The uneven spread of the benefits of Artificial Intelligence (AI) in the UK is striking. A new report shows 90% of large organisations are already working on AI solutions but less than 50% of smaller businesses are in the game.
The DCMS report – Data foundations and AI adoption in the UK private and third sectors – out yesterday looks at whether businesses and third sector organisations like charities have strong foundations for their use of data. The key to the current revolution in AI and data use is having a strong foundation – which means gathering the right data, organising it appropriately and having good governance, data quality and security.
Of course it’s no surprise that big businesses have the money and talent to get their data organised where small-medium sized enterprises (SMEs) often need time to catch up. But what should worry us all is that only 42% of third sector organisations in the study are planning to use, or already using, AI.
That matters because UK society depends on our charities, community and voluntary organisations, social enterprises and mutuals to deliver more than £200bn of gross value added each year. That’s about 10% of the UK’s annual economic output. So if most of these organisations aren’t investing in data and related technology then they’re going to be doing their job with one hand tied behind their backs. Which means the people who depend on their support – often those most in need – get slower, less effective help than if they had the tools enjoyed by big business, and ultimately tax payers have to pay more to pick up the extra costs on health, care and benefits. Not only is this unfair on people already at a disadvantage, but it’s a drag on society which benefits nobody.
So what do we do about this unjust imbalance? Big businesses talk a good game about social responsibility and supporting charitable causes, with FTSE 100 businesses donating around 2.4% of profits to charity annually. But forging long-term partnerships with organisations to give their time and talent to helping the third sector get to grips with data and AI takes up precious staff time and isn’t on the “To Do” list for most big businesses. It should be though – and here’s where innovative small businesses outsmart the big players.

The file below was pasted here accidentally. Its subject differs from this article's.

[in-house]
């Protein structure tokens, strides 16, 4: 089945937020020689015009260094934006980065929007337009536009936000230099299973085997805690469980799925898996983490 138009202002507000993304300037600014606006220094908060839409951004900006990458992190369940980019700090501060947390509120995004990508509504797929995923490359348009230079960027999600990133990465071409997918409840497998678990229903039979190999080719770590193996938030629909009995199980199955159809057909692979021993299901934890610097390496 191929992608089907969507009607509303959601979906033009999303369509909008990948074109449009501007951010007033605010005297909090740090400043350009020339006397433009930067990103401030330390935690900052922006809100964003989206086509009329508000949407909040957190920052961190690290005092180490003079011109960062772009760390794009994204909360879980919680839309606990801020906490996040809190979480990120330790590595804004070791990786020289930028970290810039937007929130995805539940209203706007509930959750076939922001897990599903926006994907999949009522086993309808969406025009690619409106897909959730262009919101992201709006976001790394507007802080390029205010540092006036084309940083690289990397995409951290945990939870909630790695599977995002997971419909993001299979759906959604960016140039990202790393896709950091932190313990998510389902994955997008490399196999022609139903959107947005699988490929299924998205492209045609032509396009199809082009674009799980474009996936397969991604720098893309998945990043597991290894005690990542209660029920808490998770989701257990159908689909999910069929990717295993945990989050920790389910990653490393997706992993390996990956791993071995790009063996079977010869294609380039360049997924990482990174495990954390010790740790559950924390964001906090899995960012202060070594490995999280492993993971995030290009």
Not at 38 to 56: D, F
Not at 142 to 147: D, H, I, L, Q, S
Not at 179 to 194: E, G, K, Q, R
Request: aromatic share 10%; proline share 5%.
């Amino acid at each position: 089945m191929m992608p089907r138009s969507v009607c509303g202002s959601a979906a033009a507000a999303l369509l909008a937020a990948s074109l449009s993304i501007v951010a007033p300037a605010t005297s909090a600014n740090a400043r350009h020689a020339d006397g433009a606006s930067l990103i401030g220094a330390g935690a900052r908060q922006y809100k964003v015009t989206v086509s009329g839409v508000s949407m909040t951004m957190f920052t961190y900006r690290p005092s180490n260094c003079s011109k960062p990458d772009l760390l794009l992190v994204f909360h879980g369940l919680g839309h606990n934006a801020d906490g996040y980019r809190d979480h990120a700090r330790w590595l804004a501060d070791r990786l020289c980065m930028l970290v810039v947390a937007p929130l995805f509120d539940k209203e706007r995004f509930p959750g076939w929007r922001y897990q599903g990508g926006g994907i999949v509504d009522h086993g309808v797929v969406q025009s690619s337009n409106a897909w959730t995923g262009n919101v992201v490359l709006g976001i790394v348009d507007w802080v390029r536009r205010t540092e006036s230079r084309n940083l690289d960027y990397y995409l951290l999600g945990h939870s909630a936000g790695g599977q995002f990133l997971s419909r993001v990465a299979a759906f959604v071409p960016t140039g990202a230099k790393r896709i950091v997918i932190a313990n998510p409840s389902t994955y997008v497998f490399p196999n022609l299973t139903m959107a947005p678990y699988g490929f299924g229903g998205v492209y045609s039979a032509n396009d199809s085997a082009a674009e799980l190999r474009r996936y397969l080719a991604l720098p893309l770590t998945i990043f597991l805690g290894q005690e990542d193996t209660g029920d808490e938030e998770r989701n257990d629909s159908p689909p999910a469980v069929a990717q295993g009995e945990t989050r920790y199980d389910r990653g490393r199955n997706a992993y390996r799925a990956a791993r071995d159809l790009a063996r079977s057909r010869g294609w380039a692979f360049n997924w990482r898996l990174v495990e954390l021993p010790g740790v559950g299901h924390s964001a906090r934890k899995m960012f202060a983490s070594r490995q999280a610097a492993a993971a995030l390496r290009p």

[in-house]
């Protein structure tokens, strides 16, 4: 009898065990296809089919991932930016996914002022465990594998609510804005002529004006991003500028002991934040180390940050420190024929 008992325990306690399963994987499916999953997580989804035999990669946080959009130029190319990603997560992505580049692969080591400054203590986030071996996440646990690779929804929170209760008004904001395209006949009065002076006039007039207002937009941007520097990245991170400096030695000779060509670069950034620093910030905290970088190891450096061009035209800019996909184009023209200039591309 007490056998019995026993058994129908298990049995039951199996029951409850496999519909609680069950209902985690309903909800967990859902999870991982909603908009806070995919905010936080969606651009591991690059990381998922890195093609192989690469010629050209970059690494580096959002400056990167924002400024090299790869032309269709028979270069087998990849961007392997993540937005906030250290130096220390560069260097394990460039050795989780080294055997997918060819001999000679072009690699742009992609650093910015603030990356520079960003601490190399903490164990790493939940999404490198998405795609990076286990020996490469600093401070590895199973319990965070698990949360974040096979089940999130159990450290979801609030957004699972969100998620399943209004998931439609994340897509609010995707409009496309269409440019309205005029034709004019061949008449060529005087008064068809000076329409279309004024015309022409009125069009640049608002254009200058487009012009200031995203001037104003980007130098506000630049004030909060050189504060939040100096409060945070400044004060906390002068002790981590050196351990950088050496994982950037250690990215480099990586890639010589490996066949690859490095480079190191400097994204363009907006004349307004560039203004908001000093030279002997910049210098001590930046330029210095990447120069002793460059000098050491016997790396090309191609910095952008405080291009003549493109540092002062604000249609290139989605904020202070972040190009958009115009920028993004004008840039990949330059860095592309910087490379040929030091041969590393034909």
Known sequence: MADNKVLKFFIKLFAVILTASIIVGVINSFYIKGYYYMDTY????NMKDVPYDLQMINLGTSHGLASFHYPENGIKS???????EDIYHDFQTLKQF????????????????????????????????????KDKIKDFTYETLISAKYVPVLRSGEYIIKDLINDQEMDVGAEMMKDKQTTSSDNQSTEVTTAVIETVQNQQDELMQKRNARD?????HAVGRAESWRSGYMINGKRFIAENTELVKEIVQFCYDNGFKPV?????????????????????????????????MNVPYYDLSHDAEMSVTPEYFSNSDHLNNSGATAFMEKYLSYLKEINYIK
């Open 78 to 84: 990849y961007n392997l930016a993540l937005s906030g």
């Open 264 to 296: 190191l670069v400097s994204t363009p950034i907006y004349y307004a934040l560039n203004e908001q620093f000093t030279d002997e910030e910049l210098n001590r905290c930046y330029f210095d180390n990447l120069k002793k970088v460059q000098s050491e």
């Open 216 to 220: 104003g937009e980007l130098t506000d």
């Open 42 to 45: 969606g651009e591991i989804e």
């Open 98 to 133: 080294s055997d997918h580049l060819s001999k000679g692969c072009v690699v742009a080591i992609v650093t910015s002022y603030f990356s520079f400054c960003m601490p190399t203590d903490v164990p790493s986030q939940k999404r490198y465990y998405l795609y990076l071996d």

The team at Bristol’s SR2 (which today announced it has been certified as a B-Corp) not only donate and volunteer their own skills to support local charities, they’ve set up Bristol Technology Volunteers to provide charitable causes “with techies that have the skills and desire to give back via some pro-bono work”. The problem with big businesses is that they get too corporate and mechanistic about their CSR activities. Around 96% of the UK’s 166,000 voluntary organisations are small; they have to be nimble to respond to changes, stretch resources incredibly thinly and, frankly, they don’t have time to be a pawn in big corporate’s CSR game. So come on big business – you’re investing in AI and data to help yourselves, now spread the benefit across society too.